As far as reducing pre-flight fear, there is no reliable way that I have found works for me. All the breathing and head emptying in the world, all the smudging I can endure won't overwhelm some flash of anxiety that runs through my head with a lungful of spice. I just use a mantra now- "fear not..." sometimes it works, usually I forget.

Sine experientia nihil sufficienter sciri potest -Roger Bacon
*γνῶθι σεαυτόν*
decrimART
 
dragonrider
#10 Posted : 7/31/2017 3:05:08 AM

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Wow, that's quite an impressive (not to mention inspiring) story, null24.

And yes, i do a sort of charity work sometimes and i know what you mean. It is a comforting experience indeed, to be able to find comfort outside of your comfort zone.

I also find it comforting to see that i am not completely unique when it comes to these pre-flight anxiety issues.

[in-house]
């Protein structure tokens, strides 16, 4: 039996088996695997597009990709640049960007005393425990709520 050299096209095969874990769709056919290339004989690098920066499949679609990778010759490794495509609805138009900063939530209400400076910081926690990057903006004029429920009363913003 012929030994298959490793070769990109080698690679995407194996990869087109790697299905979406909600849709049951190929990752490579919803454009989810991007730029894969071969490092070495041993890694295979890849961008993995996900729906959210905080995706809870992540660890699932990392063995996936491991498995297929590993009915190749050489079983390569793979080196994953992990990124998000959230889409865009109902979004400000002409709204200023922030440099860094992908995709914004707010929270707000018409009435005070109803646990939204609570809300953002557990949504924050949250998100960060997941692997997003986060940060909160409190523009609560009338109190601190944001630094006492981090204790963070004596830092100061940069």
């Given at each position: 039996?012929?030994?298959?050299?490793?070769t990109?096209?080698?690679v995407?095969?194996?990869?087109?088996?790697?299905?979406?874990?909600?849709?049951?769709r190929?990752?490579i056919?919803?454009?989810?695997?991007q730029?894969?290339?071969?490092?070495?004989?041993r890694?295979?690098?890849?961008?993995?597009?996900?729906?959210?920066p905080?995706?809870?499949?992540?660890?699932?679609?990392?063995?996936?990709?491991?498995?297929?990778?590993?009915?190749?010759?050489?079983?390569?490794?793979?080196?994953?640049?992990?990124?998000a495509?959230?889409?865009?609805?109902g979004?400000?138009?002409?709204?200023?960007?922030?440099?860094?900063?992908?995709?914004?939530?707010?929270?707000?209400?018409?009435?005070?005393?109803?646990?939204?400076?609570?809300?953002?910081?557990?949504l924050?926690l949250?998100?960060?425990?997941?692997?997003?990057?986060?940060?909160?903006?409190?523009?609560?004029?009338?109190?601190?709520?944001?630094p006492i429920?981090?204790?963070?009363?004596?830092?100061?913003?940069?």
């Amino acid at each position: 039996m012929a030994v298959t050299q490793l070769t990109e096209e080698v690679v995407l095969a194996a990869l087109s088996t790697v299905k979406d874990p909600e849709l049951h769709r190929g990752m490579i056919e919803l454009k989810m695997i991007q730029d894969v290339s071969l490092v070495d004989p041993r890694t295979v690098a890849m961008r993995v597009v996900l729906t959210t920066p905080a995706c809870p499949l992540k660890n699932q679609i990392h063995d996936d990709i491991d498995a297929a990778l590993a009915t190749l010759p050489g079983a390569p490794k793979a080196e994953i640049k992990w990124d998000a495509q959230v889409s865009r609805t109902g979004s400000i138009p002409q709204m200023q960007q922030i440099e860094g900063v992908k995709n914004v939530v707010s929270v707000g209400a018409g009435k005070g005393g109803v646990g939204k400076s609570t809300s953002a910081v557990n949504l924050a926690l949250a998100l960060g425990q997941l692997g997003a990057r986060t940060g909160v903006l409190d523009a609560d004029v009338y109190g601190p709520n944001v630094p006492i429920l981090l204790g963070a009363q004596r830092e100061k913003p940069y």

Jees
#11 Posted : 8/1/2017 7:16:50 AM

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dragonrider wrote:
...I also find it comforting to see that i am not completely unique when it comes to these pre-flight anxiety issues.
Hundreds of post about that, yet a search doens't deliver much. It's very common, never doubt about that.
 
RhythmSpring
#12 Posted : 8/1/2017 8:25:11 PM

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Drink moar harmalas

Even when you don't plan on blasting off
From the unspoken
Grows the once broken
 
hug46
#13 Posted : 8/1/2017 9:20:14 PM

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dragonrider wrote:

I also find it comforting to see that i am not completely unique when it comes to these pre-flight anxiety issues.


Yes you are unique. Not only that but you are alone and always will be. And once you arrive at some kind understanding about the complete and utter futility and lack of any substance or meaning to your life, perhaps you will lose the fear of letting go. This approach has worked for me on occasion.